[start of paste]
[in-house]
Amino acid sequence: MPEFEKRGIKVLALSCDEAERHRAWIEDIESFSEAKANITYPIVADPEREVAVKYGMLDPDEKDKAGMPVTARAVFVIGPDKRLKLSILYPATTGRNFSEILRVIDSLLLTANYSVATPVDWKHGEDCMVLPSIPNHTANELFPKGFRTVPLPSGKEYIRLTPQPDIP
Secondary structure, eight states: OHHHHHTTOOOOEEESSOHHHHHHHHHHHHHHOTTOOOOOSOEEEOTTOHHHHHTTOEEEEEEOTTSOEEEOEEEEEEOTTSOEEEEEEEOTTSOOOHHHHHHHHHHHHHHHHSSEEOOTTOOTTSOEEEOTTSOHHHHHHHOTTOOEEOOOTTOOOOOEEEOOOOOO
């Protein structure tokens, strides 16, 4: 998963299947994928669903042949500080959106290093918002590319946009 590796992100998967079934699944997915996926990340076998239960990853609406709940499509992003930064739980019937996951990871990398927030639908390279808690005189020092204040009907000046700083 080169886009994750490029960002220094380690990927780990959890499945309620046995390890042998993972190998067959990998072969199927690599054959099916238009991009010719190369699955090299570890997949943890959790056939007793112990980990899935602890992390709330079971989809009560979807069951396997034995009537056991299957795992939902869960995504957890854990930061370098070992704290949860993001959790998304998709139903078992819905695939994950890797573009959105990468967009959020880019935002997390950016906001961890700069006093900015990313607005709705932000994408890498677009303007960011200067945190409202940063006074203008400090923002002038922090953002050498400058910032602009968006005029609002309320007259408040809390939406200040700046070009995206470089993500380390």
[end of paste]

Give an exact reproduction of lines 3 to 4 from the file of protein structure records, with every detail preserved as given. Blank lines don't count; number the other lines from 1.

Secondary structure, eight states: OHHHHHTTOOOOEEESSOHHHHHHHHHHHHHHOTTOOOOOSOEEEOTTOHHHHHTTOEEEEEEOTTSOEEEOEEEEEEOTTSOEEEEEEEOTTSOOOHHHHHHHHHHHHHHHHSSEEOOTTOOTTSOEEEOTTSOHHHHHHHOTTOOEEOOOTTOOOOOEEEOOOOOO
């Protein structure tokens, strides 16, 4: 998963299947994928669903042949500080959106290093918002590319946009 590796992100998967079934699944997915996926990340076998239960990853609406709940499509992003930064739980019937996951990871990398927030639908390279808690005189020092204040009907000046700083 080169886009994750490029960002220094380690990927780990959890499945309620046995390890042998993972190998067959990998072969199927690599054959099916238009991009010719190369699955090299570890997949943890959790056939007793112990980990899935602890992390709330079971989809009560979807069951396997034995009537056991299957795992939902869960995504957890854990930061370098070992704290949860993001959790998304998709139903078992819905695939994950890797573009959105990468967009959020880019935002997390950016906001961890700069006093900015990313607005709705932000994408890498677009303007960011200067945190409202940063006074203008400090923002002038922090953002050498400058910032602009968006005029609002309320007259408040809390939406200040700046070009995206470089993500380390």